Much has been written about how to deliver bad news in the medical literature.  Buckman et al from the University of Ontario is very well published in this area.  In his book published in 1989, Dr Buckman advocates a 6 step plan (SPIKES).  It involves the following process:

1. Setting-DO NOT give bad news over the phone.  Deliver bad news in person in a quiet place and always have the family member bring others with them.  When families are given bad news, they do not always “hear”.  An extra set of ears may be important.  Do not launch directly into the bad news.  LISTEN and develop a rapport. 

2. Perception-Get an idea of how much the family knows already so that when you discuss the pertinent facts, you are starting at the right place.  You must understand that some families may have absolutely no idea that the loved one is truly very sick and this may come as a huge surprise.  Conversely, others may have been preparing for the moment of bad news for months if not years. 

3. Invitation- Levels of medical sophistication and education vary widely among patients and families.  You must get an idea of where a particular family stands and how much detail the family may or may not want.  The ability to assess this level of detail comes with experience. 

4. Knowledge-As you begin discussions, give the family a warning of what is to come.  Attempt to prepare them for the news with statements such as “I wish I had better news… or Things have not gone very well…”  Take time revealing the news and provide the news in small bits.  Repeat and review througout the discussion.  Often, families may shut down and be unable to process the news if given too quickly.  Give families a chance to cry.  Take a break for tears.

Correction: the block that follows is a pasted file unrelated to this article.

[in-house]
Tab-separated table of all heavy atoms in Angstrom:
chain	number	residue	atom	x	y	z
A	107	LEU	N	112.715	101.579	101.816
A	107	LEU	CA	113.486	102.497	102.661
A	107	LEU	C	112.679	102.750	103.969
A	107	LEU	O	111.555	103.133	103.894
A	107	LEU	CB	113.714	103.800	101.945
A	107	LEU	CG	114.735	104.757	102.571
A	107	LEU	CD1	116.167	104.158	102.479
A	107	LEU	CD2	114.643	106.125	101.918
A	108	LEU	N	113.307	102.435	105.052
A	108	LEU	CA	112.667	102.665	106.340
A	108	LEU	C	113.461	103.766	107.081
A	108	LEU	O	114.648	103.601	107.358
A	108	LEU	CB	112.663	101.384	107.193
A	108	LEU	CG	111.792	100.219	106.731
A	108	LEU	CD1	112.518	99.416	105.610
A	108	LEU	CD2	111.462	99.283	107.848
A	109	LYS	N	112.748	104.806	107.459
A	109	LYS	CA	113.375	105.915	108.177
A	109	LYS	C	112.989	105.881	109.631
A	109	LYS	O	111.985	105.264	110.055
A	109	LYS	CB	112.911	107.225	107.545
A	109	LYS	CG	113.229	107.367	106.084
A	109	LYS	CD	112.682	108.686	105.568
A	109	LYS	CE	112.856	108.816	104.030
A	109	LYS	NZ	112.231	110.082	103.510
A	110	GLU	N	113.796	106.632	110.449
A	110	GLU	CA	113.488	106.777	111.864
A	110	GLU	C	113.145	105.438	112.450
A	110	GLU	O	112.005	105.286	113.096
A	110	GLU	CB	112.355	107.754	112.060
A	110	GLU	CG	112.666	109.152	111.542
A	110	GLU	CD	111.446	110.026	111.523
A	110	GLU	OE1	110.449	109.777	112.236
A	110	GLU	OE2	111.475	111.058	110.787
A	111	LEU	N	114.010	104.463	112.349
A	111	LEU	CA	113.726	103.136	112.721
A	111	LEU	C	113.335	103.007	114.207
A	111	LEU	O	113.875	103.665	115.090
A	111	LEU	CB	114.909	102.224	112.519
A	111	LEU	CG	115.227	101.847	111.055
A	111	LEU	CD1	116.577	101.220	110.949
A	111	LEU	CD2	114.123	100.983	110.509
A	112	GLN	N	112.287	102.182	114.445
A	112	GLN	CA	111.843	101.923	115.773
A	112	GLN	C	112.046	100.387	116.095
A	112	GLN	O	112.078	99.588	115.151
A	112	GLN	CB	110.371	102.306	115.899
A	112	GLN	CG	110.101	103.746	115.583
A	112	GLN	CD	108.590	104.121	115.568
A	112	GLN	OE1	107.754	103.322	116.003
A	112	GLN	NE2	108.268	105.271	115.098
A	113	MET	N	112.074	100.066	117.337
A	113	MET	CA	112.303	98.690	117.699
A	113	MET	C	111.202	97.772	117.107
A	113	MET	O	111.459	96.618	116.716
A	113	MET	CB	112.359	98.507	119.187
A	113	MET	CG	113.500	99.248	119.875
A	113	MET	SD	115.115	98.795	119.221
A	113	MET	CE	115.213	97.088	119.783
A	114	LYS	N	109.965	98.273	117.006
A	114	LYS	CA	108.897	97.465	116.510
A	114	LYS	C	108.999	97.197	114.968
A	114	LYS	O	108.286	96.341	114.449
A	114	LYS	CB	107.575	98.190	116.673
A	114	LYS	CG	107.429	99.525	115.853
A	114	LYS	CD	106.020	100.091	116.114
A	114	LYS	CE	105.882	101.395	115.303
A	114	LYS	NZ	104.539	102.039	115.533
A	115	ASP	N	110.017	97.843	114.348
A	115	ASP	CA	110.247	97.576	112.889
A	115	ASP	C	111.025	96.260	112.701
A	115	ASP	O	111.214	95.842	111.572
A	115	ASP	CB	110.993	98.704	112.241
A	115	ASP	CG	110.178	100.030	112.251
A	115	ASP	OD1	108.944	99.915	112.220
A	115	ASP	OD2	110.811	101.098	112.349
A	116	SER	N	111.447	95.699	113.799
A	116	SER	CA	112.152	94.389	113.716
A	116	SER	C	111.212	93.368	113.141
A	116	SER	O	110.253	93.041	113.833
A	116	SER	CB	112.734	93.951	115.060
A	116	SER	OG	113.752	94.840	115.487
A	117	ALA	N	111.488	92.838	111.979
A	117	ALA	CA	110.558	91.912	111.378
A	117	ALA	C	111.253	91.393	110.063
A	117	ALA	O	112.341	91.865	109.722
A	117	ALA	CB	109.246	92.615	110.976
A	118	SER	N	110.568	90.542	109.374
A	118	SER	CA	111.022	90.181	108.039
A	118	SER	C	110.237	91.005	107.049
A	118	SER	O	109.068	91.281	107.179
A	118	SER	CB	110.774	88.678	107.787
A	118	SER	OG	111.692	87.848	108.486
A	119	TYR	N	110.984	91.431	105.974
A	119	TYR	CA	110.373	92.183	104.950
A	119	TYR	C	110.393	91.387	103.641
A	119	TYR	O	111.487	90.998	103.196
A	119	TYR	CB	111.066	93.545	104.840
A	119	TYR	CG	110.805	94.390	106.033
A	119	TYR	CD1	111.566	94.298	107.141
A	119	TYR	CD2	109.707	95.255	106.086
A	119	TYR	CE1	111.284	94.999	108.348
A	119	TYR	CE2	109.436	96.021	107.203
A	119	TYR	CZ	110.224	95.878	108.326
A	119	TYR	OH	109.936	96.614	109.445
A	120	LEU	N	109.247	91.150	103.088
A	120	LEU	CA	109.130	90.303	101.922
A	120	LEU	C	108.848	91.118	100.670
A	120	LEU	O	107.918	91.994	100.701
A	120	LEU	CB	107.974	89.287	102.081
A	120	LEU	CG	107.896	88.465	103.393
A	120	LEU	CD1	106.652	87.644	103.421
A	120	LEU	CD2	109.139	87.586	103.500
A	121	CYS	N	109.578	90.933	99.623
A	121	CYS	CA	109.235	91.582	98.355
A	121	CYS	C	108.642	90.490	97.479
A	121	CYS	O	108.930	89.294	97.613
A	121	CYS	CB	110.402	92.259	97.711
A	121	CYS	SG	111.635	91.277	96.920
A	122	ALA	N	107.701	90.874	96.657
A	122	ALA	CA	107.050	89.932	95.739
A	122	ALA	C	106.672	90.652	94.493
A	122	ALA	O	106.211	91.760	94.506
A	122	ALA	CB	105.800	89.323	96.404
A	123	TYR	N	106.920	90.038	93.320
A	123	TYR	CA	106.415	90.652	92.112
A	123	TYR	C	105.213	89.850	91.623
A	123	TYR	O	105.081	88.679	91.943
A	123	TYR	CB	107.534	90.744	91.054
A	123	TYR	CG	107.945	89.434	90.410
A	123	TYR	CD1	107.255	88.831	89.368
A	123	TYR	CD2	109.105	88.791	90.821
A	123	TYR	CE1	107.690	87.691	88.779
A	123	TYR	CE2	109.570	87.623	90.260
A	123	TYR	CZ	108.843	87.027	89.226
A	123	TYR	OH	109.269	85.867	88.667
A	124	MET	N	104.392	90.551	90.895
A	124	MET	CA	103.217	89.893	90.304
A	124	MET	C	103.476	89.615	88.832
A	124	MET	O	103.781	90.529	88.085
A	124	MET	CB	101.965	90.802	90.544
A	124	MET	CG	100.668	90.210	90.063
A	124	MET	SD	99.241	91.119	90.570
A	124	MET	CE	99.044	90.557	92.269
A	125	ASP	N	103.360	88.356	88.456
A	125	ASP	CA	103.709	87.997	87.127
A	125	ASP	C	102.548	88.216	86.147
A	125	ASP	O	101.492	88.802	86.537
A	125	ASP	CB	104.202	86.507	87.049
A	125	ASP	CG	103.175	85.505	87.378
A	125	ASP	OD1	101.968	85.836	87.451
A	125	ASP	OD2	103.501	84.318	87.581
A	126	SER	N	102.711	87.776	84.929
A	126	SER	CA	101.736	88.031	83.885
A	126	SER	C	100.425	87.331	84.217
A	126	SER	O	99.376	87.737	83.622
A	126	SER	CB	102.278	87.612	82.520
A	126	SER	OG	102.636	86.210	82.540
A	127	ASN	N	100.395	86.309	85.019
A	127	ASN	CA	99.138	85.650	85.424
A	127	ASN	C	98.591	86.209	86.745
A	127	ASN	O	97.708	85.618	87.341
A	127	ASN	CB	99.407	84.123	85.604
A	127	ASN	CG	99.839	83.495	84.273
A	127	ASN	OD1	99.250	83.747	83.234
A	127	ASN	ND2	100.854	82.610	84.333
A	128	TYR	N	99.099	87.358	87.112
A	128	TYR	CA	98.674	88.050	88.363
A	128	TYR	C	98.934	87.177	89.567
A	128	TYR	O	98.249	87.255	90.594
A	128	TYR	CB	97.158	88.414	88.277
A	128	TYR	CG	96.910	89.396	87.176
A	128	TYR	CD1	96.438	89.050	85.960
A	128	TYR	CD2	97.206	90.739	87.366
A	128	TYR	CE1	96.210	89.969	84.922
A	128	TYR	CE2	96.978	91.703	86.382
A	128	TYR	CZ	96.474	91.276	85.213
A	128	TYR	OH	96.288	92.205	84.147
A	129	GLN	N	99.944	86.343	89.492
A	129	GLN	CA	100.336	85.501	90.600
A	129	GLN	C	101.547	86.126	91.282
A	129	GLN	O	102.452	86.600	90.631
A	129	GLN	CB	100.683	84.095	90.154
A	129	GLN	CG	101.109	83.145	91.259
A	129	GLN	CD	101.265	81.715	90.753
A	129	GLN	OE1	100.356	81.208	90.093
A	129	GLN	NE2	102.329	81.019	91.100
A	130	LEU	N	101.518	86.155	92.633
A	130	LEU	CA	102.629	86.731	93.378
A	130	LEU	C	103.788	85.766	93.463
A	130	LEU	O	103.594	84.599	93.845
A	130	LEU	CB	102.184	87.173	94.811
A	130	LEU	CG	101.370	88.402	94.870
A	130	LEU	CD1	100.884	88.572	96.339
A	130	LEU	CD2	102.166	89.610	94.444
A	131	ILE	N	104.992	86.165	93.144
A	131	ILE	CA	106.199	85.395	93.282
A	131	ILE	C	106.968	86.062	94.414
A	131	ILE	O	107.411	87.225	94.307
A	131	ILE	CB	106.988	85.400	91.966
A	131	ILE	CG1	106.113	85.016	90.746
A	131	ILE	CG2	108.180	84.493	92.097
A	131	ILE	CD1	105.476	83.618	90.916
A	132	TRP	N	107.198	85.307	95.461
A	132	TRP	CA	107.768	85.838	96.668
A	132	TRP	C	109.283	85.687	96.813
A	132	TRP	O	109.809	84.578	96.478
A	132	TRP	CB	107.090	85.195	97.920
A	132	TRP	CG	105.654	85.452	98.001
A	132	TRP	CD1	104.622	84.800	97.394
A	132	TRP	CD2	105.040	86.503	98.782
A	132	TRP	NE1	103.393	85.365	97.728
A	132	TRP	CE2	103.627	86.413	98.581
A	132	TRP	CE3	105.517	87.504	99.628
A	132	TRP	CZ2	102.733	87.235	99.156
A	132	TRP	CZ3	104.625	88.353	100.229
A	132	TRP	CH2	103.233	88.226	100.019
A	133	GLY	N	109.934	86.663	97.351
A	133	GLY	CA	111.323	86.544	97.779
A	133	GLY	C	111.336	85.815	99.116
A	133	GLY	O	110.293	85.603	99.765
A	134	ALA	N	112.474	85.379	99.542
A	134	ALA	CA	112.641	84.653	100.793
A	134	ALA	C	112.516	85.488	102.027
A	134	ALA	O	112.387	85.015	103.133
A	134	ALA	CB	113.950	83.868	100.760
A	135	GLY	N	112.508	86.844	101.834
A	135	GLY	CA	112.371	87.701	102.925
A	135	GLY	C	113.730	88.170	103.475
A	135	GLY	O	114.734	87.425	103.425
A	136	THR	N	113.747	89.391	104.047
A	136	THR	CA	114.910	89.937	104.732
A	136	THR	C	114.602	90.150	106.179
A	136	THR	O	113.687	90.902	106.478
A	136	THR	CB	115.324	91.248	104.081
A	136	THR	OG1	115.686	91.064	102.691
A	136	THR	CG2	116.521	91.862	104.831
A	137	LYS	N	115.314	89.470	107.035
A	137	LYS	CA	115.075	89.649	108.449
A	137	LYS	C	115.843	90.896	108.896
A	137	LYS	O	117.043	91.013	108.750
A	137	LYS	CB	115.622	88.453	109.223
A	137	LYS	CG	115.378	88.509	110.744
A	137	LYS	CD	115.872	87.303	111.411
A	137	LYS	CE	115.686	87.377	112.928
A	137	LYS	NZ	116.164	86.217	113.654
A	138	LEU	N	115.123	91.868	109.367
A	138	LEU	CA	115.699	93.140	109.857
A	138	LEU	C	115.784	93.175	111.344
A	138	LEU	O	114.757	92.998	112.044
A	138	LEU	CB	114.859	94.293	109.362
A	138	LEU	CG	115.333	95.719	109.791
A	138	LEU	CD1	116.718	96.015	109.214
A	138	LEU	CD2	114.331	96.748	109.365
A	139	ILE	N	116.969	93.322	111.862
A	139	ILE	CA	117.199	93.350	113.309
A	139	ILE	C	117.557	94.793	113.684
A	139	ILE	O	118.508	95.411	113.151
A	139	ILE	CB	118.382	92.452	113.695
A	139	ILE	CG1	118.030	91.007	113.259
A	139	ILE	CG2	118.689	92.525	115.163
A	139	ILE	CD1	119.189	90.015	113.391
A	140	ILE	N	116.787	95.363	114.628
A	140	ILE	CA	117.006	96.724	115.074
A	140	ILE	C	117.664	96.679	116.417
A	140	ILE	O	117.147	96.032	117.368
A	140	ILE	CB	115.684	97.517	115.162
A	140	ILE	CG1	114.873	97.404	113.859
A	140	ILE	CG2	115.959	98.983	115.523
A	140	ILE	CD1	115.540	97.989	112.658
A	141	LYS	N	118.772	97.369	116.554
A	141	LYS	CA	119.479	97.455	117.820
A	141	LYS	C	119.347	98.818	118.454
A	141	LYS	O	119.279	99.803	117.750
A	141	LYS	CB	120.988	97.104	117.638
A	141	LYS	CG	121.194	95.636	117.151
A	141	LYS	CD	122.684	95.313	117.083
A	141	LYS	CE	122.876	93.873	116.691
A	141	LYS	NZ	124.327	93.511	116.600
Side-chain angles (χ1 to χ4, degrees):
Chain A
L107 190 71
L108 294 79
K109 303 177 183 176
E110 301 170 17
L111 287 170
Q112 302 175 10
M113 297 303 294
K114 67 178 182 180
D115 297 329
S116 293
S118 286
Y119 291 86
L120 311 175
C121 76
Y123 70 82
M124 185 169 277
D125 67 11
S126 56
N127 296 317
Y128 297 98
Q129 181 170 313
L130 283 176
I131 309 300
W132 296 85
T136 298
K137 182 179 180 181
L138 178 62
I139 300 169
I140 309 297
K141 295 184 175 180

5. Empathy-Let the family know you care.  It is OK to cry with the family but make sure you have delivered the news clearly.  In my opinion, this is the most important step to developing effective communication when delivering bad news.

6. Summary and Strategy-Take a moment to ensure the family understands what you have told them.  Make sure they have a support system and a way to get back in touch with you for follow up questions and support.   

How we deliver bad news is critical to how families deal with grief and process loss.  As medical professionals we must accept death as a reality.  Unfortunately, we must help families to deal with this acceptance as well.  Successful communication and a structured process for delivering bad news must be mastered early in training.  It is essential that training programs teach these skills.  More importantly, physicians who are involved in training programs must model effective behaviors.  Promote a team based communication strategy and always involve trainees in family meetings and end of life discussions.  The “See one, do one, teach one principle” is important in learning effective communication skills just as it is in learning procedures. 

Most of all, remember it is ok to cry.  It is ok to feel pain and grieve with families experiencing loss.  Even though death often cannot be forestalled, effective communication during these events can help families begin to heal.